Come to that, your claim that defense would prevent repeat attacks implies that someone's writing and applying patches in real time on a ship under attack. I hope you recognize how silly that sounds. They would be applying patches to high powered equipment without time to test and if they missed cleaning out a single worm going root to apply a patch would just be handing their computers over as soon as they plugged them back into the network.


Because nobody has ever bothered putting riflemen in defensive positions since the invention of the Maxim Gun. No, wait. That's not how things happened at all. Nobody has ever put poorly trained and equipped infantry in urban terrain to stall an attacker. Stalingrad didn't happen. I guess that explain why Russia is a province of Germany. No, that's not how things happened either. Oh, you meant more recent. So like the insurgency in Iraq. No, even if that was less effective than the defense of Stalingrad it still happened and was many orders of magnitude more effective than those same forces would have been at trying to eg. invade Kuwait again.

Riflemen can shoot from behind cover. Several ton spacecraft cannot.

Actually, they can. We don't see them used by NPCs in the vanilla game, but there are free standing barricades that ships can use for cover. They have to move in and out of cover unless they have a turret on one end, but they can use cover. Cover aside, being within the defensive envelope of a fortress does wonders for their effectiveness. At least if friendly fire interactions are turned off. They can't accomplish much on their own (see Hornet lore) but if they have any ability to do damage at all they're at their most useful adding their fire to larger ships or armed stations. And armed stations should always be more capable than ships. They aren't because currently most loot comes from stations, but changing this dynamic to make stations more dangerous and harder to kill is a planned change, or at least it was last year.

In attacking Charon bases Ronin As aren't worth the fuel to get them out there.

They distract enemy defenders and turret fire. They'd be more useful with standoff, but they're still helpful as is. Try running the assault without any and see what happens.

A while ago you were talking about people not being willing to follow suicidal orders. Here's an in game counterexample. They never survive unless the PC manages to either lure everything or kill the station before they arrive. Either the PC does all the heavy lifting or the attack fails and usually unless the PC is very fast he's the only survivor. The most effective tactic is to hang back and spam longbows from maximum range and Ronin As trying to guard someone doing that aren't distracting enemy defenders or turret fire because they're not in range.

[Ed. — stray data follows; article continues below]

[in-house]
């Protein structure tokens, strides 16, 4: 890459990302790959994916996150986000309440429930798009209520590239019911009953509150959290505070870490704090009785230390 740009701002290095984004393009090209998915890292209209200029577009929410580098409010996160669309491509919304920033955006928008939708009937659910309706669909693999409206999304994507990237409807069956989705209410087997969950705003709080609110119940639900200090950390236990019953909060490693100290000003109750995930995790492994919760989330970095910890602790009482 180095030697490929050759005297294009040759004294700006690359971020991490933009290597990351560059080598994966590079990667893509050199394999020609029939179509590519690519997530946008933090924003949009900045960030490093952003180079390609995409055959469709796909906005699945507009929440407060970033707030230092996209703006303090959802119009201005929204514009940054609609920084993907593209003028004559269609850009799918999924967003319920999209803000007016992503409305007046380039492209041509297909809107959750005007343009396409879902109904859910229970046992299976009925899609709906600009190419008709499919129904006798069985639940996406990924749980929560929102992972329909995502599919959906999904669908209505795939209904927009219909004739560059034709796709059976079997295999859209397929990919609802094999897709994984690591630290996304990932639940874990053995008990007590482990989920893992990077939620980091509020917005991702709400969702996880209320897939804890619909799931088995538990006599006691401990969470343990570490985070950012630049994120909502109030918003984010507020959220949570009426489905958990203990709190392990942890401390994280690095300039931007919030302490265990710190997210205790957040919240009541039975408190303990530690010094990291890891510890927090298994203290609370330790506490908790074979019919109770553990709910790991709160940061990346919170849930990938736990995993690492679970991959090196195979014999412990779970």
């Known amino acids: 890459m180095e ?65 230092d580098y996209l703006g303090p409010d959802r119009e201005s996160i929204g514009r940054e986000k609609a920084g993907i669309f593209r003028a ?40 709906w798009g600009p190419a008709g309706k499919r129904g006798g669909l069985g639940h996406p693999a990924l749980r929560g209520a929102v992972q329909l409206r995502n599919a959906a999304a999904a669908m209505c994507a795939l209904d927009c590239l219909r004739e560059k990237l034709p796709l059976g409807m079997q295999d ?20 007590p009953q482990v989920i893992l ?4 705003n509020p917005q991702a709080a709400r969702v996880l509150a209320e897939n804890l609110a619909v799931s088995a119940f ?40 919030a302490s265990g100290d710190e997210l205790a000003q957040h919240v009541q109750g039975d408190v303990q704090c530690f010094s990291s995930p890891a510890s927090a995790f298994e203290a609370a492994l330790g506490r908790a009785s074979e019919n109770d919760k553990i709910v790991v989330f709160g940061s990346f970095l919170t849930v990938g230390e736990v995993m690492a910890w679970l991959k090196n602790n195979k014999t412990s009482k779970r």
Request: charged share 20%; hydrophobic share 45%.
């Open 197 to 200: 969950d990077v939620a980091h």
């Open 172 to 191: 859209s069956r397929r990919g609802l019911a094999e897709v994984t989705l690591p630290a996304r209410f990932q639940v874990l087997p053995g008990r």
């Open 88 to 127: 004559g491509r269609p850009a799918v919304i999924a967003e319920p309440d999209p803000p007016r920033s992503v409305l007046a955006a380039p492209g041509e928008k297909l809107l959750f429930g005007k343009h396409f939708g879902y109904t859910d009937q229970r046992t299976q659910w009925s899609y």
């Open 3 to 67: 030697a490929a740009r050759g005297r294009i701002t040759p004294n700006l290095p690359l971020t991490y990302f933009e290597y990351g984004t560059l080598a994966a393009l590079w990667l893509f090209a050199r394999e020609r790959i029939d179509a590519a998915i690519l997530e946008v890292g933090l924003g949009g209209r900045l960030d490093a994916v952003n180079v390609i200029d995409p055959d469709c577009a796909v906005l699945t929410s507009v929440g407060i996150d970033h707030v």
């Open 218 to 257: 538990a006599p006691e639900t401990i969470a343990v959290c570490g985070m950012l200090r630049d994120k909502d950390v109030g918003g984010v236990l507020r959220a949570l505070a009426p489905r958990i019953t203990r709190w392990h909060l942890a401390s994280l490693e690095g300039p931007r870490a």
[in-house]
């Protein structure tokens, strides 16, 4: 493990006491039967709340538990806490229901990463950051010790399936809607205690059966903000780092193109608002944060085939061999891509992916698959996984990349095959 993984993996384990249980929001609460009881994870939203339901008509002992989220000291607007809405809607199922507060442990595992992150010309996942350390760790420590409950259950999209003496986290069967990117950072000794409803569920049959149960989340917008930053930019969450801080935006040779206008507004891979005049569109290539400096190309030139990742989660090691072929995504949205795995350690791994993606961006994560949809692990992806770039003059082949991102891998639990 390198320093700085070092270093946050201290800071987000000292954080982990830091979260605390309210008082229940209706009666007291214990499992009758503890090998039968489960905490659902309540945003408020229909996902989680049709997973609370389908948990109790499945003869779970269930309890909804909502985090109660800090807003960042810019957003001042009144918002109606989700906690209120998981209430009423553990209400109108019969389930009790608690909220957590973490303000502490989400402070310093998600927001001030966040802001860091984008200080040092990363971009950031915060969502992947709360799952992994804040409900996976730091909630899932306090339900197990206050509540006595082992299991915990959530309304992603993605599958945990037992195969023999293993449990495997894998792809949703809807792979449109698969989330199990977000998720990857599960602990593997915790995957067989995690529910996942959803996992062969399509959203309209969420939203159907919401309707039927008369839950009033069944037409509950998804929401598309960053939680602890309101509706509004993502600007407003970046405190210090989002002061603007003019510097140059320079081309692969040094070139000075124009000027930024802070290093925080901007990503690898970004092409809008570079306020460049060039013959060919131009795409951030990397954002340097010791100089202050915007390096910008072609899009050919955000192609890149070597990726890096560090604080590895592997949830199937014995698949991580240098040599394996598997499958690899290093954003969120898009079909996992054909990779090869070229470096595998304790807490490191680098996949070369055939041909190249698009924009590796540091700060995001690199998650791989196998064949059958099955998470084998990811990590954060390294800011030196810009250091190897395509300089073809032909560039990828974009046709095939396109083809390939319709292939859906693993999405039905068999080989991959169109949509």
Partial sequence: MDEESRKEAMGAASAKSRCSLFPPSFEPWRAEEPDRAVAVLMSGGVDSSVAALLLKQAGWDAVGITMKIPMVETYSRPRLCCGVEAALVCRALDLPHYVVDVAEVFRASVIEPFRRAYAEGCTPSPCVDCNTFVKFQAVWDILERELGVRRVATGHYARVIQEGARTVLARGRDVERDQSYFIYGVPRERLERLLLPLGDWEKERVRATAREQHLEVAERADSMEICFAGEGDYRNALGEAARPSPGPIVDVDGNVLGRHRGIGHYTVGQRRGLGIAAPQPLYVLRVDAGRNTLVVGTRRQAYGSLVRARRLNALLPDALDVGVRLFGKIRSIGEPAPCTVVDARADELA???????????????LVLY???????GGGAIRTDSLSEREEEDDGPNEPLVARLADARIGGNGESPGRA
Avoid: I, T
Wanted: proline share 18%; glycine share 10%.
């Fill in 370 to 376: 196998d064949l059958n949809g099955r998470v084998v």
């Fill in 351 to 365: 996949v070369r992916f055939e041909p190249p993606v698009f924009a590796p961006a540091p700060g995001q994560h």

Gameplay story segregation. In game ships do not suffer any damage to their combat capability until their armor is breached even though all weapons of necessity either have a hole in the armor in front of them or have some part that protrudes outside the armor. All turrets have to be the latter. This is because equipment damage is too punitive to players. In universe a dreadnought would not remain fully combat capable after any battle that its shield was not sufficient for. Ranx DNs in particular rely on armor repair and would lose guns all the time.

Turrets are small. Capital ships are big. It can be assumed that sniping them across light seconds is sufficiently difficult to be a rarity. Equipment damage after armor piercing can be considered the result of hitting internal systems critical to weapon functionality rather than the guns themselves, which also explains why they come back online after some time.

Equipment damage doesn't get reversed. The smoke stops, but with the right weapon you can completely disarm one ot the Ares capships and it will follow you glaring impotently until you gate or you or someone else puts it out of its misery. Several weapons don't need to hit precisely: they effect everything. That includes the Ares nukes, the NAMI S3, S5, and XM900 missiles, and the high flux MAG off hand.